12982Re: "ocaml_beginners":: Any experience using oasis?
- Dec 1, 2011-[ Thu, Dec 01, 2011 at 09:09:33AM +0100, Gabriel Scherer ]----
> 1. C compilers are extremely lenient about compile order; basicallyEither I don't see what you are referring to or your statement mix
> you can give *.c files in any order you like, there is no cross-file
> dependency (but a common inclusion of .h files in the source) before
> linking; on the contrary OCaml is quite strict to get file paths in
> correct dependency order. Some build systems are impractical if you
> need strict file ordering, as they assume order doesn't matter so
compilation with linking.
AFAIK OCaml independent compilation mechanisms is copied from C, ie. you
can compile any file independently of the others, in any order. I never
encountered any difference between OCaml and C in this regard. So
compilation is as easily handled by make in OCaml than in C (with the
same drawback as in C: make is relying only on the file timestamp so
changing a mere comment can yield a great amount of useless
Linking is another matter, since the unix system linker is not
independent of the order of files on its command line. This is, again,
the same with OCaml (although the order is reversed: while the
traditional Unix linker will include symbols from a file if they were
referenced in previous files, the OCaml linker requires that all
mentioned modules in a file been already linked).
All in all, I'm under the impression that OCaml build was inspired
from C, perhaps because they regarded it as quite good (indeed, the make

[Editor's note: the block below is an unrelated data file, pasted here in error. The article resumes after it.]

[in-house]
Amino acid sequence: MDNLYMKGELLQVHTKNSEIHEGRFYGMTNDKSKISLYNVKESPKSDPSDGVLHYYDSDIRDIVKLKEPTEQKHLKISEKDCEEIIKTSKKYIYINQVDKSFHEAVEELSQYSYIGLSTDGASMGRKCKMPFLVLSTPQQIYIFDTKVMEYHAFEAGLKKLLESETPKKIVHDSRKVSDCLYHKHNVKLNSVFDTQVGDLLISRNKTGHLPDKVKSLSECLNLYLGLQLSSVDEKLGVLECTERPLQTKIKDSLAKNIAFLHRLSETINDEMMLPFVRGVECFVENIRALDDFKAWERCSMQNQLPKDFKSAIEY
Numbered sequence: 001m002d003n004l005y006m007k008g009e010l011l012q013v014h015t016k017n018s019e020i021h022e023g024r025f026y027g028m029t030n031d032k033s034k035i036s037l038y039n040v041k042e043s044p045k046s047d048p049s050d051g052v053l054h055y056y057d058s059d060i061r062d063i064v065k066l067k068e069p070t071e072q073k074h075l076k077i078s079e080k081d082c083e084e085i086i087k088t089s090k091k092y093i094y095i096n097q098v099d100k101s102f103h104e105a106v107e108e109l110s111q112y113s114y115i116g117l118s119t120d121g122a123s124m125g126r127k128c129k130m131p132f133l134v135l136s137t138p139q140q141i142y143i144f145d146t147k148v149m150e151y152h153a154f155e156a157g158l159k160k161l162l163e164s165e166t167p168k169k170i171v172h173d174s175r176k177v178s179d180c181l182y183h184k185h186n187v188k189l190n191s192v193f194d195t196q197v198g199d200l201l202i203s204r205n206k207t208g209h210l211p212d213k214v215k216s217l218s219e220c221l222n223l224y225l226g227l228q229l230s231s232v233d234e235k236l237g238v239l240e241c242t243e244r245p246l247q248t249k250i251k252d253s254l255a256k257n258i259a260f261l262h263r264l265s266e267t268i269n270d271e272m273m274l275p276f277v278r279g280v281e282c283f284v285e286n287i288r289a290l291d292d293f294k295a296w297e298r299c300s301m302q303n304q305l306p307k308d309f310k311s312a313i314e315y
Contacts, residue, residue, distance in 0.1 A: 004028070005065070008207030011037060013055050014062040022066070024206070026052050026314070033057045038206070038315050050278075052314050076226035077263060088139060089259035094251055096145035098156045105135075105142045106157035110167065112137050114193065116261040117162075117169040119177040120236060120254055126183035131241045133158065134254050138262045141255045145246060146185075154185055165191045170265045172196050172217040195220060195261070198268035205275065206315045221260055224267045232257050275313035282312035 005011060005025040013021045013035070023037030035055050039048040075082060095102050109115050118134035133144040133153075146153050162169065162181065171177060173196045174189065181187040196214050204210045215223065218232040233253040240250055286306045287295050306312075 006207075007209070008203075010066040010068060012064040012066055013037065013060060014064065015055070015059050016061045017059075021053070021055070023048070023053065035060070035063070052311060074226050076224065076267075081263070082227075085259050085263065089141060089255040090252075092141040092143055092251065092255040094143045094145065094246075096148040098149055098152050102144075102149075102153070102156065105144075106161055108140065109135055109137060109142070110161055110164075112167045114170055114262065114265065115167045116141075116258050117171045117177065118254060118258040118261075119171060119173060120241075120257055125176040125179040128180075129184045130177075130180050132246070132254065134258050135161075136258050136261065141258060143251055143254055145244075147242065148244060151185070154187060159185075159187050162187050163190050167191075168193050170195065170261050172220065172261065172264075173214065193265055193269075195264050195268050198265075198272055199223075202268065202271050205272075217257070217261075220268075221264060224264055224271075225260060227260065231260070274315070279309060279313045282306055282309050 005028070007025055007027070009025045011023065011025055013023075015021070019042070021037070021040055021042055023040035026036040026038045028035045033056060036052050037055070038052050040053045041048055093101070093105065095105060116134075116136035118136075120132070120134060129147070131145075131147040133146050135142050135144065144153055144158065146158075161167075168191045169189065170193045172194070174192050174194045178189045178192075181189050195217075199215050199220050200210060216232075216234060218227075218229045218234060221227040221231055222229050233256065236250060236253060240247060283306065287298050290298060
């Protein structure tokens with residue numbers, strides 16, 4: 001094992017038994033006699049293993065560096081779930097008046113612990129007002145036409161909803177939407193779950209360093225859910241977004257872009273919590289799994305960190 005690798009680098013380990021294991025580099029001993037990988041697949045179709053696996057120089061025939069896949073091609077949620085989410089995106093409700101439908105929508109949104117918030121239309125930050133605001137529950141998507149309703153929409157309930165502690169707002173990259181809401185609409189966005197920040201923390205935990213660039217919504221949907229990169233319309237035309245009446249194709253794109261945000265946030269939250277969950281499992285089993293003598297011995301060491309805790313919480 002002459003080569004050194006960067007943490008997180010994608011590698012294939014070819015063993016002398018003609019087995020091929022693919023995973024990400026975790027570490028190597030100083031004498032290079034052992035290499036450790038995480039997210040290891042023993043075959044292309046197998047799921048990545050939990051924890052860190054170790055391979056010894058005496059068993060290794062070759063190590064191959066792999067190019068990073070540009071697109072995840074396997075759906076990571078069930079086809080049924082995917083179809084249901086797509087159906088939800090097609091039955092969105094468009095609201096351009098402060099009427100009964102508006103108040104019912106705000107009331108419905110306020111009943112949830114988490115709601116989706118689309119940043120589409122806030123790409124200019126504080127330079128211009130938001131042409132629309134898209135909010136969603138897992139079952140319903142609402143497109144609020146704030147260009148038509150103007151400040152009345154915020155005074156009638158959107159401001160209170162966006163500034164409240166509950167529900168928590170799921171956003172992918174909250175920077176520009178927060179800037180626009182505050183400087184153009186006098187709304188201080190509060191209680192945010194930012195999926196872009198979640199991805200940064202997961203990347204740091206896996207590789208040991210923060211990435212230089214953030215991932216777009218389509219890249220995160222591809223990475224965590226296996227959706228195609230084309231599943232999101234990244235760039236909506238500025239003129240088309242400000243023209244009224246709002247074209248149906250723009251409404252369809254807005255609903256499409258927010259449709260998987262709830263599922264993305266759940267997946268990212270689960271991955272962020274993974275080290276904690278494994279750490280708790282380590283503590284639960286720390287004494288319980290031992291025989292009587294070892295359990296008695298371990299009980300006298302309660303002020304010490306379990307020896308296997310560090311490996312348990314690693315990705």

tool awarded an ACM prize to it's creator according to wikipedia :-)).
This is one of OCaml aspect that makes this language attractive to C
folks, I guess.
> 2. C files quite rarely need to be recompiled, as they deduce outsideI don't know what caching mechanism you are referring to, but traditional
> interfaces from their .h rather than depending on other modules, and
> have a quite lenient compatibility story; on the contrary, OCaml has
> an overly strict technique to guarantee type safety and representation
> coherence, it computes hashes of whole compilation units and require
> all files depending on them to be recompiled if their change
> Makefile caching mechanism will typically not be aware of point (2),
> which explains the not-infrequent "foo.cmi and bla.cmi makes
> inconsistent assumptions" error message.
make does not cache anything. The only occurrences of the not-infrequent
error message about mismatch in module hashes I ever stumble upon
involves cross-project builds (ie files A and B of project X uses
external library Y, A and B are compiled alright then I recompile Y
then go back to X and make a change in either A or B but not both ->
boom!). I would says this relates to how dependencies are tracked, which
is not make's business.
> You have the same problem on the packaging/deploymentYes, Makefiles are not for packaging things, and I'm not questioning
> front: usual Unix packaging systems do not expect to have to upgrade,
> say, the 'lwt' package whenever the 'ocaml' package gets an upgrade.
> GODI and, for example, the Debian ocaml packaging team, use special
> techniques to force recompilation / binary upgrade.
the use for a good packaging system. I'm only discussing the merit of
the complexity added by custom _build_ systems over makefiles, not
Anyway, GODI is build on top of makefiles so make can be part of the
tool set for a good packaging system too :-)
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